Tips For Onboarding Portfolio Companies

July 11th 2018
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@jordanodinskyJordan Odinsky

Photo by Matthew Sleeper on Unsplash

The way venture firms onboard portfolio companies varies firm to firm, partner to partner. Some have a formal process, other’s don’t. Yesterday, we formally onboarded another company to OurCrowd’s family of startups. Throughout the past year, we’ve experimented with a few different onboarding models and have learned a lot.

Here are a few lessons we’ve learned along the way.

Set Expectations Upfront

If you walk away with one piece of information, it’s this. Not every VC can help with everything. That’s ok. Pretending you’re the answer to the company’s prayers is where problems begin. As a VC, you should find your superpowers (talent, BD, operations, etc.) and be open and honest about what you can and can’t help with. Be clear about what your value-add is, how founders can extract value, and what kind of communication they should expect moving forward.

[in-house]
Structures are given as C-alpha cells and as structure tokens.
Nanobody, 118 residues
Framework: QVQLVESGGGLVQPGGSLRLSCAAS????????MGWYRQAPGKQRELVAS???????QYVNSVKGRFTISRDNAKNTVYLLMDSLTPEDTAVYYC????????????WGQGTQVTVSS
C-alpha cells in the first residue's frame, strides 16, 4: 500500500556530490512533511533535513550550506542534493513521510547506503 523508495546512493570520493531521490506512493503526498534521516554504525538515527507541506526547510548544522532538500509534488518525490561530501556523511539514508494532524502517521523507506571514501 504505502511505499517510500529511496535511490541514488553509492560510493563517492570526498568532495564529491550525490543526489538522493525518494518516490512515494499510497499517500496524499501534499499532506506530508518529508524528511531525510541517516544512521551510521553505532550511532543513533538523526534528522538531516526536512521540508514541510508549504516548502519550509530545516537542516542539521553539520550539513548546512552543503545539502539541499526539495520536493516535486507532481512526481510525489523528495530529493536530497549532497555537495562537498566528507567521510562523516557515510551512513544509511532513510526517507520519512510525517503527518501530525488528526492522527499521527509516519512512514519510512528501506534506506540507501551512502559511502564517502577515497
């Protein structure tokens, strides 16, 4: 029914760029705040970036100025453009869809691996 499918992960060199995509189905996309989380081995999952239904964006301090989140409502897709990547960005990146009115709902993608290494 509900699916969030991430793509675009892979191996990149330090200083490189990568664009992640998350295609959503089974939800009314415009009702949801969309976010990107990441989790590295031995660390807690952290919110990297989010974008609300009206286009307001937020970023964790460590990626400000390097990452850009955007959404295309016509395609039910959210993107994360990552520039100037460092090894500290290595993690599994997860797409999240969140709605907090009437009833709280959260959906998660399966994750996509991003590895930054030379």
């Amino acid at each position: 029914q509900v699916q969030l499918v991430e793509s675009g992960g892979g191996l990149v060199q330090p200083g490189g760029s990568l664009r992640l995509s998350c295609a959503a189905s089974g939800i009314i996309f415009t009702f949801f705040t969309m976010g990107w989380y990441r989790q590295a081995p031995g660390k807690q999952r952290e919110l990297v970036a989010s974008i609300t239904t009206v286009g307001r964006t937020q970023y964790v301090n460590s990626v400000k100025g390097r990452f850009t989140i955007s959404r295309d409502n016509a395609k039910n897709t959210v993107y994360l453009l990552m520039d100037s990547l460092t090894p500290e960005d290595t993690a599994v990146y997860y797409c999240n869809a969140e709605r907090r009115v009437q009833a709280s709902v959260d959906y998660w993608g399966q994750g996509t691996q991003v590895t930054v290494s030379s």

Define The Lead

At some firms, the partner that led the investment takes the board seat and leads all communications with the company. In other firms, the platform team handles the post investment processes. And in many firms, it’s all ad-hoc. It’s important for your founders that you communicate who they should be in touch with when they need help.

Meet On Their Turf

As often as you can, meet at the offices of your portfolio companies. This boosts culture and morale for the founders and their teams. Show that your the type of VC that’s willing to make the trek to them. Seeing investors in the office imbues a sense of confidence and validation, and it helps VCs see the people who are hustling to help their investment grow.


Too often, these meetings become pitch sessions. If you find yourself talking about the market size or competitive analysis, you’ve missed the point. This is your time to define strategic goals and to brainstorm how investors can leverage their expertise and network to bring you to your next milestone.

Hi! I’m Jordan, and I work for a global VC based in Israel. There’s a lot happening in the VC/startup scene and I figured I’d post my observations here. All opinions are my own. Feel free to follow and get in touch on Twitter @jordanodinsky.



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